Late-night services at Busáras under threat as drivers object to 'outrageous thuggery'
Night services at Busáras may be pulled from Monday week due to "outrageous thuggery" unless security at Dublin's main bus station is beefed up.
Drivers may also refuse to work even sooner if there are further incidents in the wake of a violent attack last month.
In a letter to Bus Éireann management this week, a major transport union has warned that its members will not load or unload buses at the station after 8pm from Monday, September 16.
Bus Éireann has 19 routes operating to and from Busáras and there are more than 800 departures and arrivals every day.
The letter from Dermot O'Leary, the leader of the National Bus and Railworkers Union (NBRU), refers to an incident at Busáras in which a driver was assaulted while loading the 126 bus to Newbridge on August 29.
It is understood the driver was beaten up following an exchange with a group over the validity of travel passes.
"Unless satisfactory security measures are put in place no later than Monday, 16 September, then our members have indicated that they will not be loading or unloading buses at Busáras after 20.00 hours," said the letter to chief customer officer Allen Parker.
"Furthermore, our members have advised that any further incidents in the interim period may result in an immediate application of the above."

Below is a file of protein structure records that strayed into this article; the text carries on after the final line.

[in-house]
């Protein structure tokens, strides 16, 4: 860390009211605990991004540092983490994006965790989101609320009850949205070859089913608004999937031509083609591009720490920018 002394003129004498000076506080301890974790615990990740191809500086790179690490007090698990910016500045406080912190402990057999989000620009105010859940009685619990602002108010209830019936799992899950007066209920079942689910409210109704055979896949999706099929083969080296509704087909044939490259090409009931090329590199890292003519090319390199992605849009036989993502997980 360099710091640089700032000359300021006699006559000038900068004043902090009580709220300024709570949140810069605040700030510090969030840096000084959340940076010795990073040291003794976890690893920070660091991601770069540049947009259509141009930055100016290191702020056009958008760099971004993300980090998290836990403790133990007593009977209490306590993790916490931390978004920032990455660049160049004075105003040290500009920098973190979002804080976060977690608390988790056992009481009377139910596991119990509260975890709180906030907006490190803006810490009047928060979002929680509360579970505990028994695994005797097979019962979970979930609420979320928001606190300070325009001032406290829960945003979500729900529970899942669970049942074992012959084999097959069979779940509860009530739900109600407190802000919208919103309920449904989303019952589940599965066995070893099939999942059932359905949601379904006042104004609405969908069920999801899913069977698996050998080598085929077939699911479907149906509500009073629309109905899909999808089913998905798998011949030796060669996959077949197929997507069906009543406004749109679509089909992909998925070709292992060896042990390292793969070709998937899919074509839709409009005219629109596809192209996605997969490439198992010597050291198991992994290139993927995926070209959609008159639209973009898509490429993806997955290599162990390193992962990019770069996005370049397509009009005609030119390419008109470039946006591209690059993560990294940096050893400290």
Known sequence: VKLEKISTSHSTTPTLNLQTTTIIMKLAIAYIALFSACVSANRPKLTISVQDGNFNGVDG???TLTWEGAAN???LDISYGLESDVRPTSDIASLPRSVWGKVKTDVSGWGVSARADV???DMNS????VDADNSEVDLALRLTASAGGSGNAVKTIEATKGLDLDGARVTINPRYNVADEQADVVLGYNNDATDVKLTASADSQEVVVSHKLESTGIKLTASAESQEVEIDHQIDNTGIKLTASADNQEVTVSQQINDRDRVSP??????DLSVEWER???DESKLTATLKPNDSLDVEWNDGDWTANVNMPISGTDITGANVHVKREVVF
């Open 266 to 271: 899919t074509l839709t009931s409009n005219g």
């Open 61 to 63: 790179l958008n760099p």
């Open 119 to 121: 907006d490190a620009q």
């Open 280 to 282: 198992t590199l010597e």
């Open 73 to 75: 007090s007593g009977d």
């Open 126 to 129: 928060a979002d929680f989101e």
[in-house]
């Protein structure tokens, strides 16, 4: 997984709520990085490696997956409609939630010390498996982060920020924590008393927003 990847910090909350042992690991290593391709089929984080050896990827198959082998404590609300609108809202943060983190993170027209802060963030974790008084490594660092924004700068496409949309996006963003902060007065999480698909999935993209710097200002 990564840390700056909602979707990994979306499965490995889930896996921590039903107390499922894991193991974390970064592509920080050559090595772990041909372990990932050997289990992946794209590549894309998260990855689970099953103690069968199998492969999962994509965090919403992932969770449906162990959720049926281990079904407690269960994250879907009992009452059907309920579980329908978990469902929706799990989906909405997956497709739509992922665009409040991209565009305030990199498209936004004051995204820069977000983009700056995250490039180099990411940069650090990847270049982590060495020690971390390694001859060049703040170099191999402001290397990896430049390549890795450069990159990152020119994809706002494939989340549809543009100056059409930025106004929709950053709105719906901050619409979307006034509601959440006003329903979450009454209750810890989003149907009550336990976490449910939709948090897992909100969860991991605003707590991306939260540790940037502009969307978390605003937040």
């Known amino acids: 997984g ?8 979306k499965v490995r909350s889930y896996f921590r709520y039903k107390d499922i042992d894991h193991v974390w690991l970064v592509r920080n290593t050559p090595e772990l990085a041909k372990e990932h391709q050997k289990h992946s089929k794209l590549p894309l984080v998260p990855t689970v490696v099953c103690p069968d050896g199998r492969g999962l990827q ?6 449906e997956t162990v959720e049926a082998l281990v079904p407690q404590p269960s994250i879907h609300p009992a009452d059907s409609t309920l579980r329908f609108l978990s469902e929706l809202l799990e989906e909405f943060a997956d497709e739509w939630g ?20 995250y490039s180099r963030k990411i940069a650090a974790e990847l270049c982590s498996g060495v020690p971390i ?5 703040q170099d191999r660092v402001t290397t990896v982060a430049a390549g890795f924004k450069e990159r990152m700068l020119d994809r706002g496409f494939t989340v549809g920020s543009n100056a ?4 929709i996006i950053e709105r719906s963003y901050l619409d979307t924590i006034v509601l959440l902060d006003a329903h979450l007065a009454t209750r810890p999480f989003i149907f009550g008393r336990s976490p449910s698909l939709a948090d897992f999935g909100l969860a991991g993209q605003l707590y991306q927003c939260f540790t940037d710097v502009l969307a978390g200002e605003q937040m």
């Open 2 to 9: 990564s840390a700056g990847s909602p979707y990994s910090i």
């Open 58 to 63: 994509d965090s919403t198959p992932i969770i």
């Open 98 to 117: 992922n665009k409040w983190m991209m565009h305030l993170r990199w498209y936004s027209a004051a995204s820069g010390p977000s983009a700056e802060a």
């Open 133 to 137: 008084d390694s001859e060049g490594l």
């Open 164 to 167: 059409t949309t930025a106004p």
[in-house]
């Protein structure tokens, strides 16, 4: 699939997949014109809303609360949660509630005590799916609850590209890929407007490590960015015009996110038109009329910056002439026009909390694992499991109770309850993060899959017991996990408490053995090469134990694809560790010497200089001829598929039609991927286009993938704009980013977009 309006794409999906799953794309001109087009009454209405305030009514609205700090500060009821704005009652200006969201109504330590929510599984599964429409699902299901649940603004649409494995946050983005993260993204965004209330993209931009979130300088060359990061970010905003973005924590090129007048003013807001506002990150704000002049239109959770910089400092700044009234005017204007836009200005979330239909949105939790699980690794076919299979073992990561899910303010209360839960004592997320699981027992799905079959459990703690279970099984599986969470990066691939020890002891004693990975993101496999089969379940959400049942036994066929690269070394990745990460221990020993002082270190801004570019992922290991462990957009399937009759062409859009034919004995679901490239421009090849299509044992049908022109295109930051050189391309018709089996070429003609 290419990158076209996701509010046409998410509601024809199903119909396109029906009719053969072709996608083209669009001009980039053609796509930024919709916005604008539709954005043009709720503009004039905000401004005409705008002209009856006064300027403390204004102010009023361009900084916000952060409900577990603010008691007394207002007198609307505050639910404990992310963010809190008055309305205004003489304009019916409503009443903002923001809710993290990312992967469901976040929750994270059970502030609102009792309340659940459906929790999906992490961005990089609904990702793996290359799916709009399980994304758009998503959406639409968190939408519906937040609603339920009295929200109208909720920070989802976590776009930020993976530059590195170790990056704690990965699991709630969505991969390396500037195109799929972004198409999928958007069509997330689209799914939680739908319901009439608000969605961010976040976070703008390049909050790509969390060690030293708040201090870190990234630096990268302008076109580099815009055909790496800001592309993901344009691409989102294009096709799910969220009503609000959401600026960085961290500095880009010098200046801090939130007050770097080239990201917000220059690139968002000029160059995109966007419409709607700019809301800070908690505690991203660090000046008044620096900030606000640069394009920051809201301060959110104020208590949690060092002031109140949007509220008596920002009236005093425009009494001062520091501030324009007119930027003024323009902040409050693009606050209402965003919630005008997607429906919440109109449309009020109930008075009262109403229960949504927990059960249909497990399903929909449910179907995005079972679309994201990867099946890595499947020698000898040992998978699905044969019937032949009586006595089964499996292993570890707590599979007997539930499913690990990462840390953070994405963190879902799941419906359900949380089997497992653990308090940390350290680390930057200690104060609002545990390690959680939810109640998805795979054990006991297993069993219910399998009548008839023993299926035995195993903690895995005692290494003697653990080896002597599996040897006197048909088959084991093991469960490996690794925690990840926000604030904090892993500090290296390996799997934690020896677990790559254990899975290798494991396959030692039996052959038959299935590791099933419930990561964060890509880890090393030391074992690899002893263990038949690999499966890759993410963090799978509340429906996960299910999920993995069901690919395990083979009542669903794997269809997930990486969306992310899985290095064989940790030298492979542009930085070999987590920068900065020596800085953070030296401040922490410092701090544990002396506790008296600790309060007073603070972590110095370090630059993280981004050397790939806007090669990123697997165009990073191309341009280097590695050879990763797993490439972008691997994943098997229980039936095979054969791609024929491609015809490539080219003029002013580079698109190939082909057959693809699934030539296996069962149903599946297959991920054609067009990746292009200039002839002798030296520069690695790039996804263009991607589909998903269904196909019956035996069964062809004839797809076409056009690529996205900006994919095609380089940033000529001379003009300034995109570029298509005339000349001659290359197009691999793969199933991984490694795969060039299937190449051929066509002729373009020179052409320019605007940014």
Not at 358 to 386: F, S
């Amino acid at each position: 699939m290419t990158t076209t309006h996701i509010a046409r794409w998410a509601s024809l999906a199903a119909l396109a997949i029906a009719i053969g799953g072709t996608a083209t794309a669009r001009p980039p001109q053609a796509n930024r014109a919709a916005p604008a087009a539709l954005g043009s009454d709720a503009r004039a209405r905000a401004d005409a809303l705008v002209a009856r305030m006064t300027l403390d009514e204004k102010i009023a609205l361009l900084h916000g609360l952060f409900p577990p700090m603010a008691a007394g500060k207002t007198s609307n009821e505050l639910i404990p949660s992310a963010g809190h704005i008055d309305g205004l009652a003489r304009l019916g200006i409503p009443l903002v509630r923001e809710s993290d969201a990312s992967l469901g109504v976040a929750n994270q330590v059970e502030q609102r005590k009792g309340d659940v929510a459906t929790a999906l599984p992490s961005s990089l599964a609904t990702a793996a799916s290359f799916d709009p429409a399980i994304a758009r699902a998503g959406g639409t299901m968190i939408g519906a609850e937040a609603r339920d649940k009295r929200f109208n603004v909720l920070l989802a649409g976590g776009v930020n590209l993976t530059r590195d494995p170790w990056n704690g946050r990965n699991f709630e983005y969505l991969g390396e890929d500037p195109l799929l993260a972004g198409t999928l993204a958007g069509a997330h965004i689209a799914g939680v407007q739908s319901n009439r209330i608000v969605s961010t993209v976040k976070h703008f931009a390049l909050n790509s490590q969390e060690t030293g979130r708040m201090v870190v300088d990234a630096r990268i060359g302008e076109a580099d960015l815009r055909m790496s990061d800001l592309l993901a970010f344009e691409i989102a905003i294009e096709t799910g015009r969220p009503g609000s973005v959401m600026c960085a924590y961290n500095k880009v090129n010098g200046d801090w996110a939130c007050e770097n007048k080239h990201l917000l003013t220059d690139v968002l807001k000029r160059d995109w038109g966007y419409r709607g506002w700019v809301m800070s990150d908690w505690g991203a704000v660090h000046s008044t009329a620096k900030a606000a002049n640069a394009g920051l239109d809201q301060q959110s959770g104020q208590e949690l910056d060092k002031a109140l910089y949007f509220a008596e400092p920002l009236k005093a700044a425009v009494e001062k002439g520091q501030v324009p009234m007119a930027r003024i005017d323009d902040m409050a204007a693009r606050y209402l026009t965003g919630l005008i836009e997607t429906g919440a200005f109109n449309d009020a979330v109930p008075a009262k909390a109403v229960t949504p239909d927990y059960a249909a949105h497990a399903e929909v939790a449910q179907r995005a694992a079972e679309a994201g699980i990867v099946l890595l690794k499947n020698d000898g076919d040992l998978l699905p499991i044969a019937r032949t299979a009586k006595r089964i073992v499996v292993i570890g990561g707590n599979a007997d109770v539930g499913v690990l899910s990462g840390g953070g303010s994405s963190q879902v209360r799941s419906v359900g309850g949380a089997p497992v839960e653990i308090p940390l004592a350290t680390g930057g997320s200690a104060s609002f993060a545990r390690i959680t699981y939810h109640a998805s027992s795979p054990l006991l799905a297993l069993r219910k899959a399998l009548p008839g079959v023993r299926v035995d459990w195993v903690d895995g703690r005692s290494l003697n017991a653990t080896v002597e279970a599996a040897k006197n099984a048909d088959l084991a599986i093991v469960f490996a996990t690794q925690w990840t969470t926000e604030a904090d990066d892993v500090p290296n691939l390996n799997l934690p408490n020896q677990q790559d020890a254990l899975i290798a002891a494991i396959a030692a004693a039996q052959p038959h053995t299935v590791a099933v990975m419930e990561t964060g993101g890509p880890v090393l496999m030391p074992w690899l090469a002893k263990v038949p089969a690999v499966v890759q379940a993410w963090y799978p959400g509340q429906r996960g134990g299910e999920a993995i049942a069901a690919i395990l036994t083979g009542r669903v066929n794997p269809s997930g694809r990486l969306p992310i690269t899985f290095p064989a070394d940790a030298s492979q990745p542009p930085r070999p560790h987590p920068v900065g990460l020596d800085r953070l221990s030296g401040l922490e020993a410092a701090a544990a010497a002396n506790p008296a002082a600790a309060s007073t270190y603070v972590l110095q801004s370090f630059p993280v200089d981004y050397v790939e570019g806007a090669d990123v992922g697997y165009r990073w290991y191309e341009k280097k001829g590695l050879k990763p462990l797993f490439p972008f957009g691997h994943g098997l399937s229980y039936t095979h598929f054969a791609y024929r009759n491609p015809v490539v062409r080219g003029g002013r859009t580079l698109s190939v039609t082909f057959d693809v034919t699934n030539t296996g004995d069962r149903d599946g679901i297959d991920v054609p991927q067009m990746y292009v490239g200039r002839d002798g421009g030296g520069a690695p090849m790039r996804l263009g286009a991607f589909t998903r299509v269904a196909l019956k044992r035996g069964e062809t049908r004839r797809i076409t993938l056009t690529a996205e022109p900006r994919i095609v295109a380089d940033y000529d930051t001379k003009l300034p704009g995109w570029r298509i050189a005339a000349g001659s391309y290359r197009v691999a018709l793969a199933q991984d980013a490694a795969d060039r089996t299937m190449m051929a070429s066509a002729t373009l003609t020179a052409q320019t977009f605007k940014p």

It said the recent attack "is systematic of the type of outrageous thuggery which is being witnessed on an almost daily basis across our public transport system" and is not the first on Busáras drivers.
Mr O'Leary said security at the station was completely inadequate, with just one or two security personnel working late. He said it was ironic that Store Street Garda station was on its doorstep. "We now require urgent and immediate action from Bus Éireann," he said.
In a separate letter, Thomas O'Connor of the NBRU asked management to delete a requirement in the drivers' handbook that they should charge full fare if they suspect misuse of social welfare travel passes. He said this work should be transferred to a dedicated revenue unit.
The union also wants assault screens installed and access to assault pay - which would mean full pay if they are absent due to an attack.
Drivers at the Busáras taxi rank yesterday also said that anti-social behaviour had escalated and believed much of it is drug-related.
Chairperson of Tiománaí Tacsaí na hÉireann, David McGuinness, said he did not work the rank but had heard colleagues complain about it.
Mr McGuinness, whose organisation represents 2,500 drivers in the city, said a lot of it appeared to be due to drinking and there was verbal abuse of customers using taxis.
He said attacks on taxi drivers had become more violent. He called for mandatory prison sentencing for assaults.
"I think the gardaí are fighting fires in the city with homelessness and anti-social behaviour," he said. "It's up to the State to sort it out."
Bus Éireann confirmed it had received the union's letter. It said the safety and security of customers and staff was of paramount importance and it had extensive CCTV cameras at Busáras and 24-hour security personnel on site.
"We will continue to work and engage with the trade unions on this matter," it said.